Kutturan Chamoru Foundation (KCF) sprang into existence in 1993 with support from community organizations and leaders in the Long Beach/Los Angeles and Orange County area. The objective was to create an organization that would fulfill the needs to address the underrepresented Chamoru people and culture. This group of volunteers knew that through dance and music, they would provide a way to perpetuate the Chamoru culture thru language and movement.
Kutturan Chamoru Foundation was originally established under the name “Håle’ta” meaning “Roots”. Under the direction of the Founder, Regina Atoigue Quenga and the late Glenn Taitano Bernardo, the group was re-named “Kutturan Chamoru Performers” in 1995 and is still the name for KCF’s Dance and Music program. This program has since had an influential part in the lives of many Chamoru and non-Chamoru youth in the local community in southern California.
In 1998, after apprenticing for a few years, the group was bestowed under the direction of Heidi Chargualaf-Quenga. As a professional Pacific Island dancer and choreographer, Heidi began focusing her attention on her Chamoru culture and has done extensive research in bringing to life this once forgotten form of dance. Heidi’s knowledge of Chamoru dance has earned her recognition as being one of the few Chamoru “Artist-in-Residence” awarded by the California Arts Council in 2000 through 2002.
With the assistance of Musical Director, Joey Quenga and Co-Director Clarissa Mantanona-Celano, KCP began a journey that ventured from as far east as Washington DC, as far south as Sinaloa, Mexico and reached as far west to Guam in the Mariana Islands. Performing at the Smithsonian Museum of Natural History in Washington, DC, the Guam Visitor’s Bureau at various Travel Conventions, the Congressional Guam Liberation on Capitol Hill and competing and winning in the Diñana Minagof Chamoru dance competition on Guam in 2002 and 2004 are just a few of KCP’s accomplishments.
In 2008, KCP became the first program under the umbrella organization, Kutturan Chamoru Foundation (KCF), a 501(c)3 Nonprofit Public Charitable organization created in order to provide additional programs for the Chamoru community and to seek funding sources in order to reach further out into the community and provide programs that met their needs.
Because we had an influx of young Chamorus ages 3-10, the first of its kind dual-language early childhood education program that assisted families in learning the near to extinct Chamorro language began in 2010. This Chamorro language program is called “Ta Hita – Ta Håtsa I Tinigo’ Åntigu – To uplift the ancient knowledge emerged with guidance and support from Asian Pacific Islanders California Action Network (APIsCAN) and California Community Foundation (CCF). This program is conducted bi-annually from March – May and October – December.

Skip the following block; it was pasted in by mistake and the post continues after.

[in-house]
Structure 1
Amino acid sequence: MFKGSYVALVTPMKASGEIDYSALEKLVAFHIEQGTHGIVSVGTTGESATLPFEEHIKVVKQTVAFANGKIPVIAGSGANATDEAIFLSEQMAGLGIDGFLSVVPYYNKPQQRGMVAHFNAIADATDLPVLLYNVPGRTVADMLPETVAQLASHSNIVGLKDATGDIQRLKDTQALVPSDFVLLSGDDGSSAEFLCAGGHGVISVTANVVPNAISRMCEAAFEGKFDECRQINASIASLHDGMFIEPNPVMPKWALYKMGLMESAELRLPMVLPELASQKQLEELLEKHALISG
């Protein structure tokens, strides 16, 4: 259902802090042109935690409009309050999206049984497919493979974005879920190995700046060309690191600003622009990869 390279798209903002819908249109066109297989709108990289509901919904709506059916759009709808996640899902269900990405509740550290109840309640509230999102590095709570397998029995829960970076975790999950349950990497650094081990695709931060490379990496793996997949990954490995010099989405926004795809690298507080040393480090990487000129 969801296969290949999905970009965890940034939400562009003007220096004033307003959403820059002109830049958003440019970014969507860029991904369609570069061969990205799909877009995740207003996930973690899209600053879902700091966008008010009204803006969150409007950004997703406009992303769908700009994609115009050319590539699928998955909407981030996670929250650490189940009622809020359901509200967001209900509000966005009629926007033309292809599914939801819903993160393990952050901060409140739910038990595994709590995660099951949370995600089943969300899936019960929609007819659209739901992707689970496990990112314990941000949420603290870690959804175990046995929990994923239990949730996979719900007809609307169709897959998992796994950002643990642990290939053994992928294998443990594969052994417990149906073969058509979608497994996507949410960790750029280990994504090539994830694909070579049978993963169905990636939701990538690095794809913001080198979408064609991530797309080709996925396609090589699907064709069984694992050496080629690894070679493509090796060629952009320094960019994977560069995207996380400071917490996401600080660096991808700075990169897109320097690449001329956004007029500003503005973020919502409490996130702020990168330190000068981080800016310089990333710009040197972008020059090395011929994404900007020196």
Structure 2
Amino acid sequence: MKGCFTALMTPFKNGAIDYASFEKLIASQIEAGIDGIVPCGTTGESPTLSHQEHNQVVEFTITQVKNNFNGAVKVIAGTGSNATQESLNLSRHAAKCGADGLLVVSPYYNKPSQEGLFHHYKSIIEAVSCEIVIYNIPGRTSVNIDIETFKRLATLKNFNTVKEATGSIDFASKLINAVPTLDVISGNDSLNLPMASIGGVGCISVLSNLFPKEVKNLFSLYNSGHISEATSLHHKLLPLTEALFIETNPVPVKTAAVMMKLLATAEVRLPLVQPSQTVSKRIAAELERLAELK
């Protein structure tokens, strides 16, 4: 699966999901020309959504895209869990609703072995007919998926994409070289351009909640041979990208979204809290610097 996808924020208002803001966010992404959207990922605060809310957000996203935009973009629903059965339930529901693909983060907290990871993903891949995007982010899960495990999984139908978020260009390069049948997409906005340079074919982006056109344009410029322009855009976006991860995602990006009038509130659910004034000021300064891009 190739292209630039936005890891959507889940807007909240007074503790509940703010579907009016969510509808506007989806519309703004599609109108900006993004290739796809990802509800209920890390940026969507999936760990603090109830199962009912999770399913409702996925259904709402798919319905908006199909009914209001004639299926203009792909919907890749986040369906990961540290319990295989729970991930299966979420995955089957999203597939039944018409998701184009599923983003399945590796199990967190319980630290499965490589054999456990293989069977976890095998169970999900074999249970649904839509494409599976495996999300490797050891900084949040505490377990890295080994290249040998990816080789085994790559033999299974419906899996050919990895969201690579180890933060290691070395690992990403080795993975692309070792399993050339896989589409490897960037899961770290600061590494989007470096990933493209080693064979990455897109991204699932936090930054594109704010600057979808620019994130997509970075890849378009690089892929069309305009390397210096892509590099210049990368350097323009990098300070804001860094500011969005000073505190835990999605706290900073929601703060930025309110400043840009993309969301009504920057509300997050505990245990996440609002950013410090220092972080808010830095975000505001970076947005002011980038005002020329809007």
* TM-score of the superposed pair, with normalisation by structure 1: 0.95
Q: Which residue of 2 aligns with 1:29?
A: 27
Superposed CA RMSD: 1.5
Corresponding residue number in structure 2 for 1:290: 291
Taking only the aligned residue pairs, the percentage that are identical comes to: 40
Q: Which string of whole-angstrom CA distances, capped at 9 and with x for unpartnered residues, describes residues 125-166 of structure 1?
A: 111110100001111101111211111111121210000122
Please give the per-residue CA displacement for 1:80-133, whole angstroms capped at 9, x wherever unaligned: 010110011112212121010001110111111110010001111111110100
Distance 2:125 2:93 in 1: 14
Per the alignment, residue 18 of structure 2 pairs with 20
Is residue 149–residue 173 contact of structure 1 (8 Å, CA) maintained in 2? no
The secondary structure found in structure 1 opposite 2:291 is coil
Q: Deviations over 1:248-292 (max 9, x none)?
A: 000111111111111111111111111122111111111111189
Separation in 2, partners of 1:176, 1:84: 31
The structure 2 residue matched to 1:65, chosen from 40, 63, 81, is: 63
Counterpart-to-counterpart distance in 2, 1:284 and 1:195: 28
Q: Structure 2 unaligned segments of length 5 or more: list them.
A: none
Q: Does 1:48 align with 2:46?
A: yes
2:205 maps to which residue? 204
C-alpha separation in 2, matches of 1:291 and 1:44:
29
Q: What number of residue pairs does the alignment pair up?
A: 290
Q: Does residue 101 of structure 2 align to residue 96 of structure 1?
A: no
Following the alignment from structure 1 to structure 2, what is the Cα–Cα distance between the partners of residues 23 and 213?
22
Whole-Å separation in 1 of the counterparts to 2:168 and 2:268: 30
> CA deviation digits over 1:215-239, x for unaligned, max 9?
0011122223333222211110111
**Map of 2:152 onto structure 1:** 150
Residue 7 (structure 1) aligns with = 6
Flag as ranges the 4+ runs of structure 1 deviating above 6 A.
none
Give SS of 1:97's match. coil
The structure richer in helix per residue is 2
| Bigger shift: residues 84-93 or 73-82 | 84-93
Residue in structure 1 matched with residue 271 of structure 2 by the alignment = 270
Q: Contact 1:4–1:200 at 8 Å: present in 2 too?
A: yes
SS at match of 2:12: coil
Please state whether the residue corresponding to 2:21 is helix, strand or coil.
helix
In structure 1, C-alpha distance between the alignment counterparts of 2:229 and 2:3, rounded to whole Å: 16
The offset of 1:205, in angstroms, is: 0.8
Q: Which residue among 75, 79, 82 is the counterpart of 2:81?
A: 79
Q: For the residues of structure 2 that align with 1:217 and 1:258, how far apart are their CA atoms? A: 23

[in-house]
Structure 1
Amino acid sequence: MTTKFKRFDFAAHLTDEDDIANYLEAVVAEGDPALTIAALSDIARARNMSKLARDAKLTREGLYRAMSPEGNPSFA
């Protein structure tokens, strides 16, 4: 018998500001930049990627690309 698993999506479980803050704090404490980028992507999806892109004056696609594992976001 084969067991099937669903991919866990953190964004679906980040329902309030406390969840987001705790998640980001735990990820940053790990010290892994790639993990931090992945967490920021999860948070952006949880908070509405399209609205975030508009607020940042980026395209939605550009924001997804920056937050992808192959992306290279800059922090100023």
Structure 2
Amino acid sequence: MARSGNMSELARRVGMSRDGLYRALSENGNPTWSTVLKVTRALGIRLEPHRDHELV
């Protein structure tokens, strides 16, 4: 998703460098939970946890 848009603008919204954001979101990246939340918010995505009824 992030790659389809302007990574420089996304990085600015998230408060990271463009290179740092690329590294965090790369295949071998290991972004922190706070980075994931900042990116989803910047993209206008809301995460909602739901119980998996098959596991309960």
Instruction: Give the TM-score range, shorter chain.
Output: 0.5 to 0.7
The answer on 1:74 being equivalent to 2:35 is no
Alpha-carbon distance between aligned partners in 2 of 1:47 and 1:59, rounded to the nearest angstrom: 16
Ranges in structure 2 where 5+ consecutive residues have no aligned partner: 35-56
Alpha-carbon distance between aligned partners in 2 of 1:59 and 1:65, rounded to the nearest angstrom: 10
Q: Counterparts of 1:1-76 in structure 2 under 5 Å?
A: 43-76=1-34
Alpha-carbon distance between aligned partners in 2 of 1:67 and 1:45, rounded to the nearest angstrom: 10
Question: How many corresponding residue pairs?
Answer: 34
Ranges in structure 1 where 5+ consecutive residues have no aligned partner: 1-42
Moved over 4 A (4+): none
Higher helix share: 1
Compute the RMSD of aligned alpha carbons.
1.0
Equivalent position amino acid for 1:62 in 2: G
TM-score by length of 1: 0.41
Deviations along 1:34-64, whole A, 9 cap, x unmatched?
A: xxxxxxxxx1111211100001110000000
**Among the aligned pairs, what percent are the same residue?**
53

In 2011, KCF officially created a program which provided university tours, career guidance and scholarship/college entrance workshops with help from our fellow Pacific Islander Community partners. This program is called “Mentoring Our Next Achievers” – MO’NA – meaning “to be in front”. Our founders began performing at various University scholarship fundraisers and Pacific Island graduations in the 90’s not realizing the impact they made exposing KCP dancers to higher education. This foresight brought about MO’NA and how KCF could continue to grow with its volunteers and help guide them through the next stage of their lives.
For over 20 years, the Kutturan Chamoru Foundation has relied solely on volunteering efforts to continue to provide “tuition free” education in Chamoru Cultural dance, song, language and career guidance. KCF has developed a 3rd generation of dancers and volunteers in hopes to continue to bridge the thousands of miles between our island home in the Marianas and our home in Long Beach, Southern California.
We hope to continue to grow and give back to our community and represent our Micronesian Chamoru Pacific Island Culture and heritage for many generations to come.
Gi kinalamten-ta ta hågu’i i håleta – In our movements we reach for our roots